When I found out I was pregnant with twins, I started researching and asking questions. When I found out, after having the boys, that they were identical, I researched even more. In all the research I found that identical twins aren’t 100% identical!
Identical twins are the result of one egg becoming fertilized and separating. It’s a genetic mutation. Crazy, huh? That would lead you, and everyone else to assume that the two babies would therefore be completely identical. However, identical twins do not have identical genes. The true identical part of identical twins is the mitochondrial dna. Since each babies genes mutate and grow at different rates, you get varying genes in each baby.
Where we were told that identical twins had identical fingerprints, we were told wrong. Take my boys for instance. While I know without a doubt they are identical twins, they have several differences.
Connor and Colton are mirror image identical twins. Sounds like they could look at each other and it would seem they were looking in a mirror. But in the end of the story, mirror image simply means that their internal organs mirror each other. And their hair twirls go in opposite directions. Colton’s heart is a limit more to the left than Connor’s. Does that help paint the picture of mirror image more? When giving blood, if their dna was analyzed, it would appear at first glance to be the same person. But if you look further and pull it apart, you would find differences.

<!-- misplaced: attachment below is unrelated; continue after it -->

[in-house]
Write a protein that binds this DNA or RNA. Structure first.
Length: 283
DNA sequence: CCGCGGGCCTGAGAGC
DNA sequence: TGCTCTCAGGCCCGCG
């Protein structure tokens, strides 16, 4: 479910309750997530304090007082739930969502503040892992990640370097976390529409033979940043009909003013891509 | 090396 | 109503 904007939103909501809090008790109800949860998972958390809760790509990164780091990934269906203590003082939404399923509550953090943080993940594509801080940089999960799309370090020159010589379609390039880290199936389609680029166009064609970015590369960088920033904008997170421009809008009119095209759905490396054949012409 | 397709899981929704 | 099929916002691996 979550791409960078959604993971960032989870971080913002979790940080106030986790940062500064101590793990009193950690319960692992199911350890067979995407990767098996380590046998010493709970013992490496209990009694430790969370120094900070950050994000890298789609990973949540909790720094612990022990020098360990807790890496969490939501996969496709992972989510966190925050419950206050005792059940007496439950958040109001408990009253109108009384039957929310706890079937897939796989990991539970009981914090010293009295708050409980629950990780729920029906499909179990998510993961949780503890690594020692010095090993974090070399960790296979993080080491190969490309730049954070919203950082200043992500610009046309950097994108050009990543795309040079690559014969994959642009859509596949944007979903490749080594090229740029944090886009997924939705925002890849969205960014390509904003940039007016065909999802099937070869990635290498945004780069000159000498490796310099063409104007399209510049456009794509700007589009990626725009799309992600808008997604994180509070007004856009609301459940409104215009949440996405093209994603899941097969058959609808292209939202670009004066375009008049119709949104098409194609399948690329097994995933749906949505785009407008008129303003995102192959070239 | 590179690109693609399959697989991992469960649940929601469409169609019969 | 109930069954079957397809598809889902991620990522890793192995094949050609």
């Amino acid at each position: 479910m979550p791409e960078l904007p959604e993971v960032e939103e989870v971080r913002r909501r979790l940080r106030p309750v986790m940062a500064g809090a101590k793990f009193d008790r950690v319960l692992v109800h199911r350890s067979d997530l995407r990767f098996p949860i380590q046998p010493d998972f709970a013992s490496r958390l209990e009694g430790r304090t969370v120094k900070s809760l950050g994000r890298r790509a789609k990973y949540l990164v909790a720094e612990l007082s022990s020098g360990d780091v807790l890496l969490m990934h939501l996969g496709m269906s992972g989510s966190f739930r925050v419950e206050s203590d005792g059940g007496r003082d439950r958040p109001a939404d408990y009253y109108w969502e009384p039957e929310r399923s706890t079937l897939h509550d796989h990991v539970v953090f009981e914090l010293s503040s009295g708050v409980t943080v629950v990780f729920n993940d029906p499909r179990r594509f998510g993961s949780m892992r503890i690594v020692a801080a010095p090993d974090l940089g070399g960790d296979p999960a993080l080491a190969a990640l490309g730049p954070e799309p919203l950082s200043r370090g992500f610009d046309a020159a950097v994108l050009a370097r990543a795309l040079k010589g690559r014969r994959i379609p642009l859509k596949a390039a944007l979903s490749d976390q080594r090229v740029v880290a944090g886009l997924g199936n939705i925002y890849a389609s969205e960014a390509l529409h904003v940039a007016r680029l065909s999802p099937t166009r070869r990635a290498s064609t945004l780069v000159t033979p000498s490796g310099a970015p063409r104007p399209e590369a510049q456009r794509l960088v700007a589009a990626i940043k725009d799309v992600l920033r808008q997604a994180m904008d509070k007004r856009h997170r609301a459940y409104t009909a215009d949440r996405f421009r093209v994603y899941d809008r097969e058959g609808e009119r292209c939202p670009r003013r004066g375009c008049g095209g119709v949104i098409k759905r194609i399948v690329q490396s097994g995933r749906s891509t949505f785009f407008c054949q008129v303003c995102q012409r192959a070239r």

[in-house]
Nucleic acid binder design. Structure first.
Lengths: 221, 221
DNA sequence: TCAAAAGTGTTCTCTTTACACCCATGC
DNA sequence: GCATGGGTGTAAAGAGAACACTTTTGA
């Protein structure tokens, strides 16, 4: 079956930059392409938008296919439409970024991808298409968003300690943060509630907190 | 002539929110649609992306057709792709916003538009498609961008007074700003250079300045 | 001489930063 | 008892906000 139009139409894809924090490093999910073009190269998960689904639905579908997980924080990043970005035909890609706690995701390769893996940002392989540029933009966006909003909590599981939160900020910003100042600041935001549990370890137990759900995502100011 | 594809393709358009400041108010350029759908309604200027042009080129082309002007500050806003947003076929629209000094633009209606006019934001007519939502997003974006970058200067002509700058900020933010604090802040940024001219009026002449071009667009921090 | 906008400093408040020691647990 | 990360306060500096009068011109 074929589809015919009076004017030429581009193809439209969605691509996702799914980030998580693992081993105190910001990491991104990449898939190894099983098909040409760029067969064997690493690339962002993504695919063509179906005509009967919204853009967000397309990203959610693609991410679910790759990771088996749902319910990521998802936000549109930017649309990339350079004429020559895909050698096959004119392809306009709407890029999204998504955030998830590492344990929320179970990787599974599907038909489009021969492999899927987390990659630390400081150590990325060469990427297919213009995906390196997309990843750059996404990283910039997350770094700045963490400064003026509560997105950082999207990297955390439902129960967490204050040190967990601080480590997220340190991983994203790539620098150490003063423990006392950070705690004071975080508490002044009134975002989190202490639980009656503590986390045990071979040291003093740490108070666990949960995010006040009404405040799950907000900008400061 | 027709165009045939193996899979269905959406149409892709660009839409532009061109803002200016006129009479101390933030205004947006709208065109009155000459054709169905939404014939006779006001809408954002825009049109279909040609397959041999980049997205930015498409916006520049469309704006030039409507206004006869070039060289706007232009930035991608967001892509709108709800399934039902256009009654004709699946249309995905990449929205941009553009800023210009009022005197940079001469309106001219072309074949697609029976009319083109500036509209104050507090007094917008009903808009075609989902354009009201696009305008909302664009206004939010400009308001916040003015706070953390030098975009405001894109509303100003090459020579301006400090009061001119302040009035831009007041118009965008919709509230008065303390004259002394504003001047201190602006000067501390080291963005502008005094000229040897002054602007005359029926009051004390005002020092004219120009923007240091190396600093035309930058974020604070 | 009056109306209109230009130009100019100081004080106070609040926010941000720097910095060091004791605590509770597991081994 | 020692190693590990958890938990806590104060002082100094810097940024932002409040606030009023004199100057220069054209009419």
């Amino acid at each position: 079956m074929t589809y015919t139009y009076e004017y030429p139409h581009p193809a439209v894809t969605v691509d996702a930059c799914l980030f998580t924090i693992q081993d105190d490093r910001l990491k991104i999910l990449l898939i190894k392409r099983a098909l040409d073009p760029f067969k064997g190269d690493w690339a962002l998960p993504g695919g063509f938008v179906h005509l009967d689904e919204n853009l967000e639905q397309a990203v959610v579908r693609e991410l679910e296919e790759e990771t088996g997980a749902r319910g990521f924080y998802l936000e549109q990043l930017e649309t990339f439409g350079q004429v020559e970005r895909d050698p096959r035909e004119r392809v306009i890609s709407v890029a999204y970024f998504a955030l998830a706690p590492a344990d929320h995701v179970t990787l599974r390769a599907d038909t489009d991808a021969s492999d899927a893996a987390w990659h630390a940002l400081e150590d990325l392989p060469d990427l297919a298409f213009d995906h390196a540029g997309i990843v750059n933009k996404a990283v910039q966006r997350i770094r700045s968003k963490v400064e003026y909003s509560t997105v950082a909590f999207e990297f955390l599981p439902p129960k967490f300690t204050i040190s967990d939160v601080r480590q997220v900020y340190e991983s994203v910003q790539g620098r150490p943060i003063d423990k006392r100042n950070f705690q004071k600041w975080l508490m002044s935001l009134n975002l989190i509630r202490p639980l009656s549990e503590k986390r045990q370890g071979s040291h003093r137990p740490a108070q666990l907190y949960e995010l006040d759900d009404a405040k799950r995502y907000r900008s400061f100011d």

Scientist are unsure why exactly. Many feel it is caused by nature vs. nurture. One twin from a set of identical twins could be more susceptible to cancer or allergies. My boys have distinguishing marks. Connor has a mole on his wrist that Colton does not have. If they were truly 100% identical then Colton should have the same mark. Another difference- Colton is allergic to red dye. Connor isn’t.
The science behind identical twins is fascinating. Each year new discoveries are being made about these miracle mutations. And with each discovery more and more is being revealed to prove that identical doesn’t necessarily mean identical. One scientist even suggested that they no longer be called identical, but instead be caked one-egg twins. Which is a more accurate description. Just doesn’t sound as cool.
Whether you have identical or fraternal twins, it is important to remember that each child is an individual and should be treated as such. They will have different interest, different friends, different lives. And that is the way it should be!
Do you have twins? Are they identical or fraternal?